Jan 27, 2022 - Science

Scientists coax frogs' cells into regrowing limbs

Frog legs

Photo: Murugan et al., Science Advances 2022

A cocktail of compounds can coax an African clawed frogs' cells to regrow a hind limb, researchers reported this week.

Why it matters: The approach could inform efforts to regenerate limbs in other animals and reveal how biological signals guide the fate of cells.

How it works: Scientists placed a silicone cap containing five different chemical compounds that are found in the embryonic environment over the wound where a frog's leg was amputated.

  • They removed the cap after 24 hours and returned the frogs — which have the ability to regenerate limbs when they are tadpoles but lose it as they become adults —to live their tank lives for the next 18 months.
  • After about four months, frogs treated with the device and compounds began to regrow new limbs, eventually with bones, nerves, muscles and toes. (Those with just the device also started to regrow, cued by the physical pressure from the device, but never to the same extent. Those without either the device or the compounds grew short spikes.)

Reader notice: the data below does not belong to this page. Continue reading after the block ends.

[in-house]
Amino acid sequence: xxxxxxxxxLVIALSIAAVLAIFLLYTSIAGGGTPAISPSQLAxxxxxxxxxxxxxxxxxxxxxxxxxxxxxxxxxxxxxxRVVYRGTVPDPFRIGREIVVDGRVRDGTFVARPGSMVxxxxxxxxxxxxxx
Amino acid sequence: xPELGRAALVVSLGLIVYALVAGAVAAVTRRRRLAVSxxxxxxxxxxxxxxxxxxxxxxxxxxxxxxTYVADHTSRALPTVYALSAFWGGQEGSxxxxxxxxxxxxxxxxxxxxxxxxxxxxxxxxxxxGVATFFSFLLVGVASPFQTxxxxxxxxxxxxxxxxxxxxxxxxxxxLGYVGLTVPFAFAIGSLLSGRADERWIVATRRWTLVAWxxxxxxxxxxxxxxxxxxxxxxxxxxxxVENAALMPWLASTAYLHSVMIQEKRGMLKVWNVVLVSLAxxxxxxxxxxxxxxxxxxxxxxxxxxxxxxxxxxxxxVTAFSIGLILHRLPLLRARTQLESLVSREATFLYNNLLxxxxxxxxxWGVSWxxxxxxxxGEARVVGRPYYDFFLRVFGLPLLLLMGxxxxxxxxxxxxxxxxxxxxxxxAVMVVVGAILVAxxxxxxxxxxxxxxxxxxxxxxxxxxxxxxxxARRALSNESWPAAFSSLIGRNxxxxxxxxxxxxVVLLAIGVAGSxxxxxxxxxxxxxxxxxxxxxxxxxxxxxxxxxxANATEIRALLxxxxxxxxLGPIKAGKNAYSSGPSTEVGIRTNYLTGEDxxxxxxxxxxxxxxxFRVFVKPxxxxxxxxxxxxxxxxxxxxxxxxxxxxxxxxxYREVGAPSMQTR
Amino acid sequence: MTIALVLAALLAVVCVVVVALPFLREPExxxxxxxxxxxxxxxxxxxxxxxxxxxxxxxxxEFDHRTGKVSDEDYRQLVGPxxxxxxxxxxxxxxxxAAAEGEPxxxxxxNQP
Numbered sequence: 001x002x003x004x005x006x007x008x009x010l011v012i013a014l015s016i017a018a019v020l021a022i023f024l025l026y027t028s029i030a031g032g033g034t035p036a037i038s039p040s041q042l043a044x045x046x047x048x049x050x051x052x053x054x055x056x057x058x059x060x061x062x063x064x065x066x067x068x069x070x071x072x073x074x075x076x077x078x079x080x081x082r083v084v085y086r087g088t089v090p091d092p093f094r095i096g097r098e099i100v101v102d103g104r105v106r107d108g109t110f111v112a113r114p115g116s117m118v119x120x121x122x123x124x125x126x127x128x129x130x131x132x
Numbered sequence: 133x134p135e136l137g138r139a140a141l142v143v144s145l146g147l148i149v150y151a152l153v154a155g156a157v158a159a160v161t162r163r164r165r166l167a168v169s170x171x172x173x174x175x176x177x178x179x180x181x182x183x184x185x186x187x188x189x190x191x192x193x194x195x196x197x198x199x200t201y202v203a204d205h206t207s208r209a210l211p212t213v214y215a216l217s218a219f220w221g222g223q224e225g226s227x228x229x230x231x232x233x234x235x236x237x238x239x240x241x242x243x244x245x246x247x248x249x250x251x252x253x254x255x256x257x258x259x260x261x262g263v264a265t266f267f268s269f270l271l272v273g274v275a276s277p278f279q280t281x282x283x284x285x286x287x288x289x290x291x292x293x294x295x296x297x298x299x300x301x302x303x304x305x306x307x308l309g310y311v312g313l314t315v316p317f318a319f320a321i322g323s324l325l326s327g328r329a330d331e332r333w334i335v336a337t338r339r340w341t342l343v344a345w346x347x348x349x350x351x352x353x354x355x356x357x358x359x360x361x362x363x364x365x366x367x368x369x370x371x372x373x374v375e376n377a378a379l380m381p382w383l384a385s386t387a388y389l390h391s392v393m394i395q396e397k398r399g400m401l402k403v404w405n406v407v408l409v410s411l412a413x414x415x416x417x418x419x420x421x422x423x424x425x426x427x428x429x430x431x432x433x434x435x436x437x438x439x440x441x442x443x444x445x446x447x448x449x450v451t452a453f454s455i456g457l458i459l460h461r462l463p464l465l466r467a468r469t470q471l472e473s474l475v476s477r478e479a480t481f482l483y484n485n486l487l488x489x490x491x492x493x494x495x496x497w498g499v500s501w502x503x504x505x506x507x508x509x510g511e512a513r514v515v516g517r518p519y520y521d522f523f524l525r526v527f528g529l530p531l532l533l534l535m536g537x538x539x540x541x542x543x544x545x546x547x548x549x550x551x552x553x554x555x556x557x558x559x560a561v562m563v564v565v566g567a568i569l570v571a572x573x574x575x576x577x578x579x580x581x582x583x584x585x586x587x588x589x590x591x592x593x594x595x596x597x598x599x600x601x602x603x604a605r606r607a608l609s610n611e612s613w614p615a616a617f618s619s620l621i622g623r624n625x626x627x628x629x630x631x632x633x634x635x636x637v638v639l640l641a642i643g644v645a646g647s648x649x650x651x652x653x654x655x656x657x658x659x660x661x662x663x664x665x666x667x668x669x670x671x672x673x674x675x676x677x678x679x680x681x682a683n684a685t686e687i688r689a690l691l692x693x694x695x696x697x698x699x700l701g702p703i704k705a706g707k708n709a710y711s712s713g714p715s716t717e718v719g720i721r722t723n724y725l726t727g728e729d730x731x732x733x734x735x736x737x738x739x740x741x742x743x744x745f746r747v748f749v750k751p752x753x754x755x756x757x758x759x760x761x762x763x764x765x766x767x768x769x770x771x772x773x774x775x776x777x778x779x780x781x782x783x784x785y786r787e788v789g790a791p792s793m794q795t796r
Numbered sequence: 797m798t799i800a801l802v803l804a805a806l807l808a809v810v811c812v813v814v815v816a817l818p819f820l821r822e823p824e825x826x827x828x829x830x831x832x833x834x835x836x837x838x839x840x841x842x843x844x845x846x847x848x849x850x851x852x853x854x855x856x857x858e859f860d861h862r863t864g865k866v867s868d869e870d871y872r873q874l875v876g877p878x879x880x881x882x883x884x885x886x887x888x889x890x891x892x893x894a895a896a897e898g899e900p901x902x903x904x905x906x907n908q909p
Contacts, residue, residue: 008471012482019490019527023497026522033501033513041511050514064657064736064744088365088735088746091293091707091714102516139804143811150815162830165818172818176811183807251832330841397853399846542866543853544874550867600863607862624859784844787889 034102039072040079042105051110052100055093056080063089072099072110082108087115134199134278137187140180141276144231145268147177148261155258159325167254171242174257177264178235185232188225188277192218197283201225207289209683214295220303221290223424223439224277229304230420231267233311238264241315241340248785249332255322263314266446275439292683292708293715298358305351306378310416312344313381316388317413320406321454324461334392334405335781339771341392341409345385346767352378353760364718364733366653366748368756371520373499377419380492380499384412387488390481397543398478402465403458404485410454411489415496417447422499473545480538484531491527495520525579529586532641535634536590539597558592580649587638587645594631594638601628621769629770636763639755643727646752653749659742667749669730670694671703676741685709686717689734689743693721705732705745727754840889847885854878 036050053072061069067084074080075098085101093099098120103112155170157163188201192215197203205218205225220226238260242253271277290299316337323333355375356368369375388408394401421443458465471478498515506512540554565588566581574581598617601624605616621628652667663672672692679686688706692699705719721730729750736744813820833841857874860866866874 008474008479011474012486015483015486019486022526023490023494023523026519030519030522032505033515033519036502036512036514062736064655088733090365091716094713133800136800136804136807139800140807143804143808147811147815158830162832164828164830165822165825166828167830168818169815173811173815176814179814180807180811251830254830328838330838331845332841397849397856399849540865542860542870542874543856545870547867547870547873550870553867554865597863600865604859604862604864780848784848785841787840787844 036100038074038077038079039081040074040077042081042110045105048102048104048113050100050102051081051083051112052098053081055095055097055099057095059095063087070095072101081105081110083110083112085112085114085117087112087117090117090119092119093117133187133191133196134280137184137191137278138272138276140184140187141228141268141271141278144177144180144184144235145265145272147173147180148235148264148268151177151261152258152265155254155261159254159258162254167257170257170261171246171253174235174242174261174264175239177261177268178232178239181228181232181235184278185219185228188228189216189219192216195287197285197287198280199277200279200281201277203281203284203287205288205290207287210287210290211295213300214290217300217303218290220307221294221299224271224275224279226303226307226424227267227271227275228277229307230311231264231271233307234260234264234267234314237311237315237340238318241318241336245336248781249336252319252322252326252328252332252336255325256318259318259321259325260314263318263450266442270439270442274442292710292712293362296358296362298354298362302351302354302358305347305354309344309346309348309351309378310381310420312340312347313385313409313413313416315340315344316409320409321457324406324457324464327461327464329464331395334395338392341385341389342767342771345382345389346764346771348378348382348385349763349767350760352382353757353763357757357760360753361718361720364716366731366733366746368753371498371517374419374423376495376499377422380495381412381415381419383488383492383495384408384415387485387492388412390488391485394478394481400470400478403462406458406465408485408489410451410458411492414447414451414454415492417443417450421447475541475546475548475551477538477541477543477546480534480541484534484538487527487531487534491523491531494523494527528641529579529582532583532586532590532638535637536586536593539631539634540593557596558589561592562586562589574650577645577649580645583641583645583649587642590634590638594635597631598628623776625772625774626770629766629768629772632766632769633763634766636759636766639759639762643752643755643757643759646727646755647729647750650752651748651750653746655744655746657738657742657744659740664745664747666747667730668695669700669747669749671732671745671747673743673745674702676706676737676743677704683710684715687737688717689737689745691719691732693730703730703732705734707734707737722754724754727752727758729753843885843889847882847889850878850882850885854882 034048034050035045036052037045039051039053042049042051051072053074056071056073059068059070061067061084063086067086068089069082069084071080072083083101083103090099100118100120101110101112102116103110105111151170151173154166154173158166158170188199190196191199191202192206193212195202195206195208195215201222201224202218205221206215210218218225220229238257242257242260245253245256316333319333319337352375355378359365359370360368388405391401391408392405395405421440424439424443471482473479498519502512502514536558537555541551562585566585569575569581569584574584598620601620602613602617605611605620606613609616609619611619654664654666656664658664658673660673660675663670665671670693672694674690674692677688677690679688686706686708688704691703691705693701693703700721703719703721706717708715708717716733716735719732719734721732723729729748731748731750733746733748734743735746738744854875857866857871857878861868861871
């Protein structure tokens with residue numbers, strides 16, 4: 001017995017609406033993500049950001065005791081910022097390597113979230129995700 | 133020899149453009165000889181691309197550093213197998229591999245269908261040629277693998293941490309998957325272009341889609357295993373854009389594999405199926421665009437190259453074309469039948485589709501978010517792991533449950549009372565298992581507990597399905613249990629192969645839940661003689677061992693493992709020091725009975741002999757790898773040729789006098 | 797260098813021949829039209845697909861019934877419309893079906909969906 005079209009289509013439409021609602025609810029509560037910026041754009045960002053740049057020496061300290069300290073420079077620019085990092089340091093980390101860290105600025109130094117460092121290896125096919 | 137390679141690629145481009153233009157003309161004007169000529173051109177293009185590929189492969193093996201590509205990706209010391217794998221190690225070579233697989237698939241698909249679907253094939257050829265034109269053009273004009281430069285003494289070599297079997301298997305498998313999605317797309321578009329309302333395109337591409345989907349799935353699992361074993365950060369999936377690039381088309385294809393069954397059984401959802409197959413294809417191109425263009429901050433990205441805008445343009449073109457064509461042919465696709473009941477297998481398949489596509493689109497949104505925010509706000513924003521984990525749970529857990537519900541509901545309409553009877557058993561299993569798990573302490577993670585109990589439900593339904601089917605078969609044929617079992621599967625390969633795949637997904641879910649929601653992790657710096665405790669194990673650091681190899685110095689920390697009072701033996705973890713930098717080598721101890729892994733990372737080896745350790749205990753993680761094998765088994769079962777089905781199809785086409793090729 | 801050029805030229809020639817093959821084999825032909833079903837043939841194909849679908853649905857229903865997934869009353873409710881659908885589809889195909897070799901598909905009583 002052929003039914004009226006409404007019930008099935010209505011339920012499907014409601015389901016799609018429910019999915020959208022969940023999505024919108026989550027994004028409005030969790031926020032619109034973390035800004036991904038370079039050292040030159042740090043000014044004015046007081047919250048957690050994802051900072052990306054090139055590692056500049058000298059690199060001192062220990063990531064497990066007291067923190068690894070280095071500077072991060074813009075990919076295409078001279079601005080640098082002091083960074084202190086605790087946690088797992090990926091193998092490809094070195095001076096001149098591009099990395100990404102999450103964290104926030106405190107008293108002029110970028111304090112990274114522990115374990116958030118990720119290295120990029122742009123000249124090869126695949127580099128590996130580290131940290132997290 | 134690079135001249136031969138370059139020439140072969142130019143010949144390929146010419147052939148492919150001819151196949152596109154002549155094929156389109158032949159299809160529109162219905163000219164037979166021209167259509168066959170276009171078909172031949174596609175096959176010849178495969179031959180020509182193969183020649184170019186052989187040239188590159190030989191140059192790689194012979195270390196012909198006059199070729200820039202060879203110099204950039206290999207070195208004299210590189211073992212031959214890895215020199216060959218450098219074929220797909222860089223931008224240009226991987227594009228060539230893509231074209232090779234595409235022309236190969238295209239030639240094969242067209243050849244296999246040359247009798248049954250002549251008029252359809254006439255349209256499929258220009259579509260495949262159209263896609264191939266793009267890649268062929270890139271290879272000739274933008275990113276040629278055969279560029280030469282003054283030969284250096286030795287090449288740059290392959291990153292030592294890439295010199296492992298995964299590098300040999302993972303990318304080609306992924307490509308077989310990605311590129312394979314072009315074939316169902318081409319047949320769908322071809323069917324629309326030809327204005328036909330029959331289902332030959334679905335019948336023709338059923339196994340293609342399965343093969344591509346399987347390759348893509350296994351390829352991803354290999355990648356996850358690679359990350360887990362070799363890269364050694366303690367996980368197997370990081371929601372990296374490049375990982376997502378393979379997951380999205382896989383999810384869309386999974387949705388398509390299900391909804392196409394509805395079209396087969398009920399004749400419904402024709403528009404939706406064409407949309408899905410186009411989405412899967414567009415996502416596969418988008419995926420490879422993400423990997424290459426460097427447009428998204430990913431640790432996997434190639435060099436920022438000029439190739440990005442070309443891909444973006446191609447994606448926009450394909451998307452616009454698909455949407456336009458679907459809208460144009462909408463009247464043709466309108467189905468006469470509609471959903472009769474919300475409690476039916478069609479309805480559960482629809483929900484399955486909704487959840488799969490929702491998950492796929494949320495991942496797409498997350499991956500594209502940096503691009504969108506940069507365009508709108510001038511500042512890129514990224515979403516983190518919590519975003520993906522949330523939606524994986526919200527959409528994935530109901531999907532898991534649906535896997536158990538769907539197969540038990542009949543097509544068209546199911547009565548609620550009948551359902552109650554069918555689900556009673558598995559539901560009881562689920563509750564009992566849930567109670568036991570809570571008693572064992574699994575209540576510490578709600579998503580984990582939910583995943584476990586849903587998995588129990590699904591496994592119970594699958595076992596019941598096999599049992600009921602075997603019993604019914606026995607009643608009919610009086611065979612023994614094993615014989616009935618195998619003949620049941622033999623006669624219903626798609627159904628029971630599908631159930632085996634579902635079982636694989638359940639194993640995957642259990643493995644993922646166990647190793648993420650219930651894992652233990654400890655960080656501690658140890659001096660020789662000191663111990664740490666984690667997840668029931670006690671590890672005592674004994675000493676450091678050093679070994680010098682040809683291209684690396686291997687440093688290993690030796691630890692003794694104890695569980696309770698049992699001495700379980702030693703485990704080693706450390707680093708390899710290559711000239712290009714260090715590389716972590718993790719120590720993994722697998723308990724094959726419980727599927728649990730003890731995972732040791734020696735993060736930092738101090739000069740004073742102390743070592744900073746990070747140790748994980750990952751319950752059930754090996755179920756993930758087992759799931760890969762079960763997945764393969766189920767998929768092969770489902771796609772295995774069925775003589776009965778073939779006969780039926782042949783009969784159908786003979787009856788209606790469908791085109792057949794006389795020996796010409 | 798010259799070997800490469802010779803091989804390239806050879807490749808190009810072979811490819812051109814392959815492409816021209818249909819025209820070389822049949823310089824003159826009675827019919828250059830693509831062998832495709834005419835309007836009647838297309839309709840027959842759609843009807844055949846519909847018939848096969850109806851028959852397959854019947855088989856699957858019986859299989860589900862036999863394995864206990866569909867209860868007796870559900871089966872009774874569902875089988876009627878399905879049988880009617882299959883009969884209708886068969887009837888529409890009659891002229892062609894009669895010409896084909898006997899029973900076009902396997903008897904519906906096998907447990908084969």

Yes, but: It wasn't a perfect limb. It didn't have nails and the webbing between the toe projections was still abnormal.

  • Future research might look at the effect of longer exposure to the compounds, trying a different cocktail or periodically reapplying the device to the wound. And then there is the challenge of trying to regrow limbs in mammals.
  • Limbs are very complex — the cells and genes that make them aren't fully understood, says Michael Levin, an author of the study published in Science Advances and a biologist at the Allen Discovery Institute at Tufts University.
  • Guiding the animal's own cells with chemical signals is "a much more viable alternative for now" than micromanaging them with gene editing or gene therapy, he says.

The big picture: The study "shows us we can potentially kick-start latent pathways that once existed or were silenced through other developmental signals," says Nirosha Murugan, an associate professor at Algoma University in Ontario, Canada, and another author of the study.

  • And there could be different processes for regeneration, she says.
  • In the study, leg regrowth didn't include the same exact stages seen in normal limb development.

The bottom line: "Living systems can do a lot more than what they normally do," Levin says.

Go deeper